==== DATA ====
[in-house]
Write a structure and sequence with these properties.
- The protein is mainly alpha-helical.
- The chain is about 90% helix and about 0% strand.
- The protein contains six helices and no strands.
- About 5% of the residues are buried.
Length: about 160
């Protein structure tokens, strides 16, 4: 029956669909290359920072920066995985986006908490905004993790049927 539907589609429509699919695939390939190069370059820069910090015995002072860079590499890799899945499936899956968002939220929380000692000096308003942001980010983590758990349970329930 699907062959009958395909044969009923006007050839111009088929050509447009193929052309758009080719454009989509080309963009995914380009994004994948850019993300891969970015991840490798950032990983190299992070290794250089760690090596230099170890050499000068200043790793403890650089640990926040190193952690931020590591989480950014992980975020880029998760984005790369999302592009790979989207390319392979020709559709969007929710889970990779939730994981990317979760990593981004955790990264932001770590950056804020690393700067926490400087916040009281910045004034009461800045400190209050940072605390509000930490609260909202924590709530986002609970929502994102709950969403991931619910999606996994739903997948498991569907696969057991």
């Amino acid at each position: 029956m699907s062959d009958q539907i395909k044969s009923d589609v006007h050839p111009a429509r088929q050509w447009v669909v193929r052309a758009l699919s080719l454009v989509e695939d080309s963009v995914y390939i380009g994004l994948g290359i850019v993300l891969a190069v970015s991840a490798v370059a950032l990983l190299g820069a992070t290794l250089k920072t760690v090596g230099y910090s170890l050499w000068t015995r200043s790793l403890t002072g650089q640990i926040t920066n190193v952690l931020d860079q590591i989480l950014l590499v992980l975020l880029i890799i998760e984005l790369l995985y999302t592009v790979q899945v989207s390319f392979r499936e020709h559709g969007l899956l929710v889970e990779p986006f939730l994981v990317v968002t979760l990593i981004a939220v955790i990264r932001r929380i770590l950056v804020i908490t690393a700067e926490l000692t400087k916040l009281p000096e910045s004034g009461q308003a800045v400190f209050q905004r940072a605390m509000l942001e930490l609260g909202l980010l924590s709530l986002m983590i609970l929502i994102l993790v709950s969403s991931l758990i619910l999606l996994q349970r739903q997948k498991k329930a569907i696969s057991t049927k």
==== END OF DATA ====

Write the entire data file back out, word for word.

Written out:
[in-house]
Write a structure and sequence with these properties.
- The protein is mainly alpha-helical.
- The chain is about 90% helix and about 0% strand.
- The protein contains six helices and no strands.
- About 5% of the residues are buried.
Length: about 160
């Protein structure tokens, strides 16, 4: 029956669909290359920072920066995985986006908490905004993790049927 539907589609429509699919695939390939190069370059820069910090015995002072860079590499890799899945499936899956968002939220929380000692000096308003942001980010983590758990349970329930 699907062959009958395909044969009923006007050839111009088929050509447009193929052309758009080719454009989509080309963009995914380009994004994948850019993300891969970015991840490798950032990983190299992070290794250089760690090596230099170890050499000068200043790793403890650089640990926040190193952690931020590591989480950014992980975020880029998760984005790369999302592009790979989207390319392979020709559709969007929710889970990779939730994981990317979760990593981004955790990264932001770590950056804020690393700067926490400087916040009281910045004034009461800045400190209050940072605390509000930490609260909202924590709530986002609970929502994102709950969403991931619910999606996994739903997948498991569907696969057991």
């Amino acid at each position: 029956m699907s062959d009958q539907i395909k044969s009923d589609v006007h050839p111009a429509r088929q050509w447009v669909v193929r052309a758009l699919s080719l454009v989509e695939d080309s963009v995914y390939i380009g994004l994948g290359i850019v993300l891969a190069v970015s991840a490798v370059a950032l990983l190299g820069a992070t290794l250089k920072t760690v090596g230099y910090s170890l050499w000068t015995r200043s790793l403890t002072g650089q640990i926040t920066n190193v952690l931020d860079q590591i989480l950014l590499v992980l975020l880029i890799i998760e984005l790369l995985y999302t592009v790979q899945v989207s390319f392979r499936e020709h559709g969007l899956l929710v889970e990779p986006f939730l994981v990317v968002t979760l990593i981004a939220v955790i990264r932001r929380i770590l950056v804020i908490t690393a700067e926490l000692t400087k916040l009281p000096e910045s004034g009461q308003a800045v400190f209050q905004r940072a605390m509000l942001e930490l609260g909202l980010l924590s709530l986002m983590i609970l929502i994102l993790v709950s969403s991931l758990i619910l999606l996994q349970r739903q997948k498991k329930a569907i696969s057991t049927k």